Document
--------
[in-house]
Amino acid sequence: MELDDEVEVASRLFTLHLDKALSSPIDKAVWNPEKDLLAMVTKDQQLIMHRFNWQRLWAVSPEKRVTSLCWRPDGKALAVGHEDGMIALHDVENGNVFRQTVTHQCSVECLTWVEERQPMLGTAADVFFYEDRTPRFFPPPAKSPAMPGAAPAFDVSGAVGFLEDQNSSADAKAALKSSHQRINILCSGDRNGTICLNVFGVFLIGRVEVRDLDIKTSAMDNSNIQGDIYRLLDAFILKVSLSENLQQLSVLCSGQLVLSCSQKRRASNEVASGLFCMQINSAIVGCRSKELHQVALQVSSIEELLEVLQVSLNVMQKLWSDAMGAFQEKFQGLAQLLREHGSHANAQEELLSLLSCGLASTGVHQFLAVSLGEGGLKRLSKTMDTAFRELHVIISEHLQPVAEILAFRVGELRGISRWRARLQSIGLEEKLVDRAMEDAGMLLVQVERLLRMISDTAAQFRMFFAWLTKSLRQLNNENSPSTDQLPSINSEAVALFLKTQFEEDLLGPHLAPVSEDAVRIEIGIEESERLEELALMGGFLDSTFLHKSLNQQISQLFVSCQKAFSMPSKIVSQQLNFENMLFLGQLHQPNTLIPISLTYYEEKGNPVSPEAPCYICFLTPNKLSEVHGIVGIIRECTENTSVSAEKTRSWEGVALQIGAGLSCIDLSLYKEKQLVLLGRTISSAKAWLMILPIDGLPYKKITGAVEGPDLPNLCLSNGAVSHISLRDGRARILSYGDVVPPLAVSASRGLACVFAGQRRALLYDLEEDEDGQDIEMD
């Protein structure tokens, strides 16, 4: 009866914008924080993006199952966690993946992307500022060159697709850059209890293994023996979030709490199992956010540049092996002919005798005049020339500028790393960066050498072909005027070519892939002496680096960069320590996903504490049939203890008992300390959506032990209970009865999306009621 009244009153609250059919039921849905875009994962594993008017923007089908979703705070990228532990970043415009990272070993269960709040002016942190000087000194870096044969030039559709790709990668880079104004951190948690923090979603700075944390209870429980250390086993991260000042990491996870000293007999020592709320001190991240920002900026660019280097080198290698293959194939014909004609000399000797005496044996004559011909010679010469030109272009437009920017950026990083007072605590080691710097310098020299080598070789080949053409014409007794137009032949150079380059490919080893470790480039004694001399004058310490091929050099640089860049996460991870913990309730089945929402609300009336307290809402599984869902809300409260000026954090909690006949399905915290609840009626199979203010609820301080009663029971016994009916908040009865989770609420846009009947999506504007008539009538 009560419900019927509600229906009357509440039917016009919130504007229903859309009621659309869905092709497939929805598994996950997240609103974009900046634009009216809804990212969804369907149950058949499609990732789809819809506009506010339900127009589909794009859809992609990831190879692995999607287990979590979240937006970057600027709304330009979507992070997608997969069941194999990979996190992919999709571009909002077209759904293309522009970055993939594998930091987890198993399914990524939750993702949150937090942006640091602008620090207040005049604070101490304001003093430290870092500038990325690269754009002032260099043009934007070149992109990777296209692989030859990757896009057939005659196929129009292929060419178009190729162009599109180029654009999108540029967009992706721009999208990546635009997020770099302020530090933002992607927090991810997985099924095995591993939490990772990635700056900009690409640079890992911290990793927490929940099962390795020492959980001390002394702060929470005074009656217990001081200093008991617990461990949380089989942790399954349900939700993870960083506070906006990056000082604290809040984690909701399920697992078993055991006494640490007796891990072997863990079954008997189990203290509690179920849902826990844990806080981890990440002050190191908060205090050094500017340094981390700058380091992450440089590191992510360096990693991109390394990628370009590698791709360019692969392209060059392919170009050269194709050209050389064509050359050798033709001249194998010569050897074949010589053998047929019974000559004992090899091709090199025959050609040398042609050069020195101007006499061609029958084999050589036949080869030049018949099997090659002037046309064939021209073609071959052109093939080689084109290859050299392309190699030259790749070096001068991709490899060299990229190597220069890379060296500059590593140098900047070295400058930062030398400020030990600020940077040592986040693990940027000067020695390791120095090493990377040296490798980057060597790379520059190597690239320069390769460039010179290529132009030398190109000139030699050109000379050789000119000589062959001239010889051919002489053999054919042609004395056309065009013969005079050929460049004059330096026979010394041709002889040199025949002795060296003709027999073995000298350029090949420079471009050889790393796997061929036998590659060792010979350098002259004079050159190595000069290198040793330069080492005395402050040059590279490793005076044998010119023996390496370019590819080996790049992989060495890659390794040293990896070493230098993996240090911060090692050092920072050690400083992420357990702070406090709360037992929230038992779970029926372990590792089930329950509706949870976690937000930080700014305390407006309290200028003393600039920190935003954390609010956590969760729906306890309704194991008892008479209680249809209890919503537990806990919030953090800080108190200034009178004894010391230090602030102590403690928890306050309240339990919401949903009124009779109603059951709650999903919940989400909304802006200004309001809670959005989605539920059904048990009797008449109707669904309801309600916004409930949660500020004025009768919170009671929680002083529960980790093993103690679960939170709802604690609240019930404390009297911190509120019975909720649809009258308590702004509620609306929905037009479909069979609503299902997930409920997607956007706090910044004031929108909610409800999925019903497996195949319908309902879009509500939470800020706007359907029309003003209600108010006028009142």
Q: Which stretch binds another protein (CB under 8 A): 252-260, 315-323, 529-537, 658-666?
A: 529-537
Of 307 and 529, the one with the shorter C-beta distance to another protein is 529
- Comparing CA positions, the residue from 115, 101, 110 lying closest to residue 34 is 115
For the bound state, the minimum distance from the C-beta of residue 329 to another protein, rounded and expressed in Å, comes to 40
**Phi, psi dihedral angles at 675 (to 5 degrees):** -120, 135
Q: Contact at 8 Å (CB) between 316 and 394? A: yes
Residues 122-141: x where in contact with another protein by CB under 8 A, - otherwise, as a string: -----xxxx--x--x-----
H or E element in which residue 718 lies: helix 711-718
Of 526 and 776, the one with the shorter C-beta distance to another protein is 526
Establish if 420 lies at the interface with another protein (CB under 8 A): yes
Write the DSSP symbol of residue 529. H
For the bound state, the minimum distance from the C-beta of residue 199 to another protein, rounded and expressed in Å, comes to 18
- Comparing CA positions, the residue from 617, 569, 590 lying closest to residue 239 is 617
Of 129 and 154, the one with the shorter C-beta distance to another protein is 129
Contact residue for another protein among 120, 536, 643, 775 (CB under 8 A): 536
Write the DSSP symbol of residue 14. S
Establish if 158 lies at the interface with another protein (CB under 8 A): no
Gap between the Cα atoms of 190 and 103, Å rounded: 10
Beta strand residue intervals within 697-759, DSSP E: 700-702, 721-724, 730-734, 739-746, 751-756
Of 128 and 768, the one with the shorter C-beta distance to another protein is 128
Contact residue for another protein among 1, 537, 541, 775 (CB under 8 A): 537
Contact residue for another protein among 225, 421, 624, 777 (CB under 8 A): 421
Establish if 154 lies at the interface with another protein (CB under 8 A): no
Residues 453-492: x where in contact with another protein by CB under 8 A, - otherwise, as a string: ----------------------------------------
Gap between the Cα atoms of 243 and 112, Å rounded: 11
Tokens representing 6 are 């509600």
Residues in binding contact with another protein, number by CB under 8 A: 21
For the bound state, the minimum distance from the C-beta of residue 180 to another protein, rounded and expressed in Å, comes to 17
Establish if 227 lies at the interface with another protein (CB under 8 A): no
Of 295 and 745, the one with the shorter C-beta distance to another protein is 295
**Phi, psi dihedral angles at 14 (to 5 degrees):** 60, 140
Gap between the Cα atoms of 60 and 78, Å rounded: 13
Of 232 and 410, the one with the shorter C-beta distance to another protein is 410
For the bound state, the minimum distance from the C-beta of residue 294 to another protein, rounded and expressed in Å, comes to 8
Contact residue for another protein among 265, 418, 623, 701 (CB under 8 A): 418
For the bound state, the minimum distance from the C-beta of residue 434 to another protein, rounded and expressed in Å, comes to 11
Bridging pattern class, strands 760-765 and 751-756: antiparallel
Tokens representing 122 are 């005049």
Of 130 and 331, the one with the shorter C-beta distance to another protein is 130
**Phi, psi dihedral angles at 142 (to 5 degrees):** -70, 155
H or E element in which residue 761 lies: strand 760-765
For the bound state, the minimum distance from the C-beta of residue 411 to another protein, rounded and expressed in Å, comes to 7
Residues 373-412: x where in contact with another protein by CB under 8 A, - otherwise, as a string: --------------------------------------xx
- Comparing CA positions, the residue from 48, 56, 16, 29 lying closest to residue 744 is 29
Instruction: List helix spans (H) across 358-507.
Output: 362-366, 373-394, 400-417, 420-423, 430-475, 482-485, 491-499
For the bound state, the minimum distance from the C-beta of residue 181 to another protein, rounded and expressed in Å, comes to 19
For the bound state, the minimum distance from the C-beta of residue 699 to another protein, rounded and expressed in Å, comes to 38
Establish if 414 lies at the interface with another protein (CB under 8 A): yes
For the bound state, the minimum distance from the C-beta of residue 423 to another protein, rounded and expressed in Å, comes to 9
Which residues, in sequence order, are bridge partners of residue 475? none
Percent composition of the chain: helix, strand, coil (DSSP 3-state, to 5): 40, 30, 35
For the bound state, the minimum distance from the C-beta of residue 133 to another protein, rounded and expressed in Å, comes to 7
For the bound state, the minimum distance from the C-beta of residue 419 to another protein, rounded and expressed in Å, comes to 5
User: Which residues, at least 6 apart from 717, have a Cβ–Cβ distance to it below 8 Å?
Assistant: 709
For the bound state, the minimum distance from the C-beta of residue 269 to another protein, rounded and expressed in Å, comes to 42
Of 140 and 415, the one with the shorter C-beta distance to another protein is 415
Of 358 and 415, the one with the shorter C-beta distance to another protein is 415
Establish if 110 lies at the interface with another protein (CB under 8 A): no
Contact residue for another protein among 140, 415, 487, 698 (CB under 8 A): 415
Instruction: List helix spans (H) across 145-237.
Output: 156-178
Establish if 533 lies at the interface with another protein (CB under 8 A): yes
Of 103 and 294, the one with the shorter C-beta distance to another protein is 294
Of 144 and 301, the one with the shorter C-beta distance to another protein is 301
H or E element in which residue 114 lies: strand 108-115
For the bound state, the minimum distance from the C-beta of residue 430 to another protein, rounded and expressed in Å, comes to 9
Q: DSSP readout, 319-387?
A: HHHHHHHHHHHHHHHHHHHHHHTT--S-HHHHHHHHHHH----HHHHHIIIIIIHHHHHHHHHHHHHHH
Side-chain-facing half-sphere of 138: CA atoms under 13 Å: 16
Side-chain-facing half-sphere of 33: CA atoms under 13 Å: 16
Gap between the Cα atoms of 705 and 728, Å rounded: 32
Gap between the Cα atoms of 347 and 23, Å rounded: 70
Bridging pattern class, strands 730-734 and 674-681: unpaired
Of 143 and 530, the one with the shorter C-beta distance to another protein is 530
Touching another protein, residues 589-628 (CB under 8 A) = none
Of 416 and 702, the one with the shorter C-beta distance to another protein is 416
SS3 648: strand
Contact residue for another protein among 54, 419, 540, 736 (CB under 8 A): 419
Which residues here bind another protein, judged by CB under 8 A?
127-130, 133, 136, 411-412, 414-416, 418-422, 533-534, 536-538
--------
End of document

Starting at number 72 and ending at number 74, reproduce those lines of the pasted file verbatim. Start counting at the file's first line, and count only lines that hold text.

For the bound state, the minimum distance from the C-beta of residue 430 to another protein, rounded and expressed in Å, comes to 9
Q: DSSP readout, 319-387?
A: HHHHHHHHHHHHHHHHHHHHHHTT--S-HHHHHHHHHHH----HHHHHIIIIIIHHHHHHHHHHHHHHH